- Trading in commodities: Particularly in the form of wheat futures contracts, is one way to gain exposure to wheat. These agreements to buy or sell wheat at a future date for a set price trade on the Chicago Board of Trade. Commodities investors are not actually buying sacks of grain. They are trading derivatives whose value is based on the value of the wheat that is the underlying asset. Trading wheat futures directly is complicated and risky and generally reserved for sophisticated investors.
- Exchange-traded funds (EFTs): Trade like shares of individual public companies but, like mutual funds, each share represents ownership of a portion of a basket of securities. ETFs typically track indexes and many ETFs are invested in commodities. One ETF, the Teucrium Wheat Fund, invests in wheat commodity futures contracts. ETFs are easy to buy and sell and viewed as less risky than trading futures directly.
- Stocks: Investors who prefer stocks can purchase shares of individual companies that produce, process or supply wheat-related equipment to the wheat business. One example is Deere & Co., maker of tractors and combines widely used by farmers. While there are no pure-play wheat stocks, shares in companies such as Deere provide exposure to the broader agricultural sector.
Factors Affecting Wheat Investments
Wheat investments can fluctuate in value like any other investment. The wheat market is affected by factors including population growth, weather, supply chain disruptions and currency fluctuations. Droughts, for instance, can lead to declines in wheat production and cause wheat prices to rise.
Geopolitical developments represent another source of influence on wheat investments. Russia’s 2022 invasion of Ukraine, for instance, disrupted wheat production and distribution from both countries. Russia and Ukraine are each among the leading growers of wheat globally, so wheat prices spiked afterward.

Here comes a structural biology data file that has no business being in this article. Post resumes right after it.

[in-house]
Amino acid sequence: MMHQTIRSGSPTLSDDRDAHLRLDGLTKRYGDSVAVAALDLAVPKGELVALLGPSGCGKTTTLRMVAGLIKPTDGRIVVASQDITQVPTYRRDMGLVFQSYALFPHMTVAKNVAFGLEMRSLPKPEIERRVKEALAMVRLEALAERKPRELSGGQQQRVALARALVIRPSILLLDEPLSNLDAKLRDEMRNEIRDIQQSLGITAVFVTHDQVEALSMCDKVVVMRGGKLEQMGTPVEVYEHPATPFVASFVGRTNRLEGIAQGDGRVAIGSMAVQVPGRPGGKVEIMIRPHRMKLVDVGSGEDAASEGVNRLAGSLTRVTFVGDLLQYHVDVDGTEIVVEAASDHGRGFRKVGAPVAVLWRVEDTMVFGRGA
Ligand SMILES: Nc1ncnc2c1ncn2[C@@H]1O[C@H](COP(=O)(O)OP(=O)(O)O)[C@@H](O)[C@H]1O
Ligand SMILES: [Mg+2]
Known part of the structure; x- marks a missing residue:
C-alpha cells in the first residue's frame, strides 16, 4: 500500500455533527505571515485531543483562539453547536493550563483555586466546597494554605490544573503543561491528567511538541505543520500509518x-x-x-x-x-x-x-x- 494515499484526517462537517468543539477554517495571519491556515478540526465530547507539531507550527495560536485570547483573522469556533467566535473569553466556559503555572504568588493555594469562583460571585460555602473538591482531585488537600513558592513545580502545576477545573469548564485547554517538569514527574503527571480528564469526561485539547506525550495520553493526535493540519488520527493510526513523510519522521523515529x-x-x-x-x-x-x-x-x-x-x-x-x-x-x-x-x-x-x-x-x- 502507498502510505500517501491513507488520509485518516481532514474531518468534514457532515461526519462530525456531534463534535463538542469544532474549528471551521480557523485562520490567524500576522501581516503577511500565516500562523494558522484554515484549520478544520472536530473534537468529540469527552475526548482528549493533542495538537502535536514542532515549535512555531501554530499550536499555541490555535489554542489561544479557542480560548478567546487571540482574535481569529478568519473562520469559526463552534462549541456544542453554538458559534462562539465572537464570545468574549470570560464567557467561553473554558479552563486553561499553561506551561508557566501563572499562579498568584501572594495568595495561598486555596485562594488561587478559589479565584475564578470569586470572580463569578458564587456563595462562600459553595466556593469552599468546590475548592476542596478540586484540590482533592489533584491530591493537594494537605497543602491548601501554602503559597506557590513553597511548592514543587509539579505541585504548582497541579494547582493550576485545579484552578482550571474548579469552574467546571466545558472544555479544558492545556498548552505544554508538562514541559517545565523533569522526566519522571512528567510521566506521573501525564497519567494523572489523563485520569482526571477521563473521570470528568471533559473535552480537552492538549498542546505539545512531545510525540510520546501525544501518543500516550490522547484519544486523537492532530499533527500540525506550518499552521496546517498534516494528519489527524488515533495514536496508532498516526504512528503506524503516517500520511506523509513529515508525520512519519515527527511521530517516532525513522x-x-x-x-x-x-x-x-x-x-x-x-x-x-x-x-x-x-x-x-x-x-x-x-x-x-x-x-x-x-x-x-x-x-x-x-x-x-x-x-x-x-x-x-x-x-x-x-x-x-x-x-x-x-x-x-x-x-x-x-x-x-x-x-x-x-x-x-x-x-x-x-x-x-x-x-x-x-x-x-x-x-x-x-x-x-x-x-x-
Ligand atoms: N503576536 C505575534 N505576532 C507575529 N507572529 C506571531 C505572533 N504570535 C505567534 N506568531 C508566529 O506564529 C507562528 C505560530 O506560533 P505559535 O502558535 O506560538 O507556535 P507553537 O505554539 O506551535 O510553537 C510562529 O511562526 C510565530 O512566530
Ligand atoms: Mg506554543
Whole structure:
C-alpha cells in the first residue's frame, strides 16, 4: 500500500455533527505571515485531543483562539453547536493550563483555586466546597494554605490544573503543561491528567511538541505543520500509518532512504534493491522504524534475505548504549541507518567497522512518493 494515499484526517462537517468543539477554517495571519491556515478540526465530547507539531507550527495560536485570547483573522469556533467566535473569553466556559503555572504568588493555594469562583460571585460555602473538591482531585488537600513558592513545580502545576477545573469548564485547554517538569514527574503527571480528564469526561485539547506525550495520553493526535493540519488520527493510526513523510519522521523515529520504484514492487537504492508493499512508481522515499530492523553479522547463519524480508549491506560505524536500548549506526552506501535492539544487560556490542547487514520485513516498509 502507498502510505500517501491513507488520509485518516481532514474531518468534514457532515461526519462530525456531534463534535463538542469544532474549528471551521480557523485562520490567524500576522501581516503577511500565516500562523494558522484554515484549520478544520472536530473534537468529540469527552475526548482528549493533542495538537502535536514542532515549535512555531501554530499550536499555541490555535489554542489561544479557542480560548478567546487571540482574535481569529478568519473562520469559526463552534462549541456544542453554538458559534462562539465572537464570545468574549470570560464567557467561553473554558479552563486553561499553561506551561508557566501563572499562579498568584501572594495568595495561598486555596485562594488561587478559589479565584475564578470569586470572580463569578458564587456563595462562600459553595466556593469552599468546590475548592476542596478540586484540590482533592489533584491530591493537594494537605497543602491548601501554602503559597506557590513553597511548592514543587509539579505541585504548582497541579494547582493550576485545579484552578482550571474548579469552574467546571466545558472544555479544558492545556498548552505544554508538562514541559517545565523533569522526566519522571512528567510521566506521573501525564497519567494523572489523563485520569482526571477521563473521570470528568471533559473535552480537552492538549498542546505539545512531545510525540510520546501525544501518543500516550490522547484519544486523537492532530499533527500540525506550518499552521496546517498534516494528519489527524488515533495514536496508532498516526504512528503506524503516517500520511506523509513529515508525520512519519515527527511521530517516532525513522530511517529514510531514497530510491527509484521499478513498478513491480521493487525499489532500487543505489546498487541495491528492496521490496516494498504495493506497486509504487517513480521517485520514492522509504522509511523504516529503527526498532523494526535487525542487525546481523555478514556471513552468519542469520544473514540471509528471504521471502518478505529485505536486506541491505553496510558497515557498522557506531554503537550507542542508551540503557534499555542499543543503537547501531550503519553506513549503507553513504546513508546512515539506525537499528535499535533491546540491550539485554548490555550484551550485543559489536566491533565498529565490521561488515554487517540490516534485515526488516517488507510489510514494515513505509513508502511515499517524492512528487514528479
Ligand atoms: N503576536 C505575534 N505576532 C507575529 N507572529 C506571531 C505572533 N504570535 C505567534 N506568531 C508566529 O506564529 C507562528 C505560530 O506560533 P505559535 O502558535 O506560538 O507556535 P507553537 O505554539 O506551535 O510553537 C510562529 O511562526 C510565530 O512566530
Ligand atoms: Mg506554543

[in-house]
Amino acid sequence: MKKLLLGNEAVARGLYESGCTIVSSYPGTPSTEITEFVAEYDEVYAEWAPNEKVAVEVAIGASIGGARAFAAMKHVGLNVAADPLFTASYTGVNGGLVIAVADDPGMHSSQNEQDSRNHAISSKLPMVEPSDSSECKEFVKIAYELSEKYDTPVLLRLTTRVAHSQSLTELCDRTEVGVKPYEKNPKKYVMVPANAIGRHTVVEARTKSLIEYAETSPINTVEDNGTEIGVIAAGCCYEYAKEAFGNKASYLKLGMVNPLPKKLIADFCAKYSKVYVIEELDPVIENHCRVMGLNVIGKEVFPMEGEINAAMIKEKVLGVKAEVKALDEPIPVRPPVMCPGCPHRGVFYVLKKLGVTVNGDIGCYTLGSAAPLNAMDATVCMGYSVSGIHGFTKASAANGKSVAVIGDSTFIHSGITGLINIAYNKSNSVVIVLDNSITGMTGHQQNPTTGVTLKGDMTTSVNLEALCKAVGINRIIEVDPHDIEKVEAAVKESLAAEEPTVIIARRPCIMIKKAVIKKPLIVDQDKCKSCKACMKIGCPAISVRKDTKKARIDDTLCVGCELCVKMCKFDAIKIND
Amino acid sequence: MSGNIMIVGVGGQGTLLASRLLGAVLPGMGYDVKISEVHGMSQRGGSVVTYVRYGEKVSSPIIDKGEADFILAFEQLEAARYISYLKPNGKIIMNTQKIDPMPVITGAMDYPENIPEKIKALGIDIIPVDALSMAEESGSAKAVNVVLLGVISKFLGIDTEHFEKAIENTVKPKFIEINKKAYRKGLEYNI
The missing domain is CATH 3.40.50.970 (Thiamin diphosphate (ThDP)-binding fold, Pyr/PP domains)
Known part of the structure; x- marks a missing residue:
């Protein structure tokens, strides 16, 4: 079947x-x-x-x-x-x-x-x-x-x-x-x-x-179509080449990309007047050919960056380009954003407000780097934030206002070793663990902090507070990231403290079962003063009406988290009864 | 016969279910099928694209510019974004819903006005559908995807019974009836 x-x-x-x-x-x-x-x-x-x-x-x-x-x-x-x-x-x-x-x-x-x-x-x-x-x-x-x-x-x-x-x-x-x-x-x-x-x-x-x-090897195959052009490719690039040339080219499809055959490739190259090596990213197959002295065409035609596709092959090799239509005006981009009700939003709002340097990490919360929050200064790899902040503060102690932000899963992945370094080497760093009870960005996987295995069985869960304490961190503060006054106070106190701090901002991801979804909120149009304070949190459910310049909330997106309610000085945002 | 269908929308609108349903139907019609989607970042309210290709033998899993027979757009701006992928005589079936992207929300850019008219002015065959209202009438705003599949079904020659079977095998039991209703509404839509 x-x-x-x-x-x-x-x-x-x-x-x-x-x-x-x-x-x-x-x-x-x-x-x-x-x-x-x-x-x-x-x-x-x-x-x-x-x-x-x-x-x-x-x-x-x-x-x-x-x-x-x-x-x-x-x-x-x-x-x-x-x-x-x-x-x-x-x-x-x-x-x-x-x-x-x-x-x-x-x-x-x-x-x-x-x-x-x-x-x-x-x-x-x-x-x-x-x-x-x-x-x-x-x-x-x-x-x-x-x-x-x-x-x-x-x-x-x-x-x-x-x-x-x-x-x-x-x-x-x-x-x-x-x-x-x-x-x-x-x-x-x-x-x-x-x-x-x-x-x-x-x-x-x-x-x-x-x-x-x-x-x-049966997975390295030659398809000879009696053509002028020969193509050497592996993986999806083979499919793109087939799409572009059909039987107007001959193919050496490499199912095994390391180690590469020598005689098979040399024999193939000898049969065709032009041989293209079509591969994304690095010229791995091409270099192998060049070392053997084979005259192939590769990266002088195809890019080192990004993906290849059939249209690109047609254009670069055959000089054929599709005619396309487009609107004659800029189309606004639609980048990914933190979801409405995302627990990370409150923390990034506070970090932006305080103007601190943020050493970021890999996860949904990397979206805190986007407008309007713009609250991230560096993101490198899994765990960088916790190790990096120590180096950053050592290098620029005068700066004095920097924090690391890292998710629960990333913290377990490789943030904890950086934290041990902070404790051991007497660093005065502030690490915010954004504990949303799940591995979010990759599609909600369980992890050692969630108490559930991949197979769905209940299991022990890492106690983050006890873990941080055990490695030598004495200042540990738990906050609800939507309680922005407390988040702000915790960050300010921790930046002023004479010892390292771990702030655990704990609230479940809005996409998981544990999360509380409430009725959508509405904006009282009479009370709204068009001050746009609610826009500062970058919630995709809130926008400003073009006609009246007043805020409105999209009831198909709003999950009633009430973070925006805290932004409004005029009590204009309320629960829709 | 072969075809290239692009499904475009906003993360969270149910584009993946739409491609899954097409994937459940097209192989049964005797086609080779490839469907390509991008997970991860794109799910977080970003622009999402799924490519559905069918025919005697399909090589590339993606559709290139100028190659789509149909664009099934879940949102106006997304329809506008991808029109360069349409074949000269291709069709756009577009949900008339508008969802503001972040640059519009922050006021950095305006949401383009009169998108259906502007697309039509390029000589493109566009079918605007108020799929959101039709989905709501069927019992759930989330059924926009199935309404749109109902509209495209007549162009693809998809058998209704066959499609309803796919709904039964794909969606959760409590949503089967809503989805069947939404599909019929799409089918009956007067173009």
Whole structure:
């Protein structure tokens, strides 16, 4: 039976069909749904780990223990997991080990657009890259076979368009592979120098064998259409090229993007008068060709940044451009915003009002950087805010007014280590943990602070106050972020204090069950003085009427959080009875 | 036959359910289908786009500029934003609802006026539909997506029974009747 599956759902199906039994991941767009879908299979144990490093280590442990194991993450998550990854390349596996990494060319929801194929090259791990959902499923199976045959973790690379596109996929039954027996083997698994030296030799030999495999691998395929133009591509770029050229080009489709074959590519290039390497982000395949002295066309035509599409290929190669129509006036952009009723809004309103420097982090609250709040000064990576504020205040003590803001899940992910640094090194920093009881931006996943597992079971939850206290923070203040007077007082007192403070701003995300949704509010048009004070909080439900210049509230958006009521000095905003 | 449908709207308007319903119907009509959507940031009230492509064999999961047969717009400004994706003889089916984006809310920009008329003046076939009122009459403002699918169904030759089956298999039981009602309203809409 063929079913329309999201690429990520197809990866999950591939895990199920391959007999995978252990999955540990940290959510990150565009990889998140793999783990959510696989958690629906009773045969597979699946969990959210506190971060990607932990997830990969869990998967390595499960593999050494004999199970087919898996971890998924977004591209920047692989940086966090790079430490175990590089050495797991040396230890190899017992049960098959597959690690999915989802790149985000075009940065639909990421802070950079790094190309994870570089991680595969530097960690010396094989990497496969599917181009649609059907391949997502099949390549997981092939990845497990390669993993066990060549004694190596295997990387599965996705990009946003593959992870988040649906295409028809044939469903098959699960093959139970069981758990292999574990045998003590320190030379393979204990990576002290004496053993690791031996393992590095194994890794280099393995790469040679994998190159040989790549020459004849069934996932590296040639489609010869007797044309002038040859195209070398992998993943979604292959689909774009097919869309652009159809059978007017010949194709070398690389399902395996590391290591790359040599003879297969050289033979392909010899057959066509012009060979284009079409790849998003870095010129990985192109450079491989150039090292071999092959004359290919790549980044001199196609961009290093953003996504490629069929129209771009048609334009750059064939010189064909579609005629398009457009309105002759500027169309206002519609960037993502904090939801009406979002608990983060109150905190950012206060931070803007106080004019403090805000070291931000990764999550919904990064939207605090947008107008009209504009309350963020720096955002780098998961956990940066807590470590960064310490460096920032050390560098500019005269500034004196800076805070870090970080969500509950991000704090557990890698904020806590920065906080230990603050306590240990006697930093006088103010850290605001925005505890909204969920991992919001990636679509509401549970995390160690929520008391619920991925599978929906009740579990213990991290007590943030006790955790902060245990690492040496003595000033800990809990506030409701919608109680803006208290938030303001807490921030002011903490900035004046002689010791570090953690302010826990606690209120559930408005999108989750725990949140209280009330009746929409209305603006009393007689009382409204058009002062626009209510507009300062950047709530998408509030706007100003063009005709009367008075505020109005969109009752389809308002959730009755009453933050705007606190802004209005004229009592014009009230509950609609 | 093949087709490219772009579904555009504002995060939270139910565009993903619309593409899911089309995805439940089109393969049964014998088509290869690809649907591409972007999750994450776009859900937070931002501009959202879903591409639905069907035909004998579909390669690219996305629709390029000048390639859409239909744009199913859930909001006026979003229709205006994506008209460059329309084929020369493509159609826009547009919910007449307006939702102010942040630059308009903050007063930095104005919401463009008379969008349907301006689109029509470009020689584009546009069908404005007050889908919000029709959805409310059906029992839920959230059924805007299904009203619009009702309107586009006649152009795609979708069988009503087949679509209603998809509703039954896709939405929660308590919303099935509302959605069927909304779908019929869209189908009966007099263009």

The Bottom Line
Wheat is one of the world’s most popular agricultural products and can be used by investors to hedge against inflation, diversify to manage risk and generate returns from rising global demand. Options for investing in wheat include wheat-focused ETF shares, public companies in wheat-connected industries and wheat commodities futures contracts.
Tips for Investing
- Consider talking to a financial advisor about ways to diversify your portfolio and protect against inflation. If you don’t have a financial advisor, finding one doesn’t have to be hard. SmartAsset’s free tool matches you with up to three vetted financial advisors who serve your area, and you can interview your advisor matches at no cost to decide which one is right for you. If you’re ready to find an advisor who can help you achieve your financial goals, get started now.
- SmartAsset’s Investment Return & Growth Calculator will tell you how much your investment will be worth at a given point in the future. After you provide your starting amount, frequency and amount of additional contributions, expected rate of return and investment time horizon, the calculator will estimate the future value of your investment.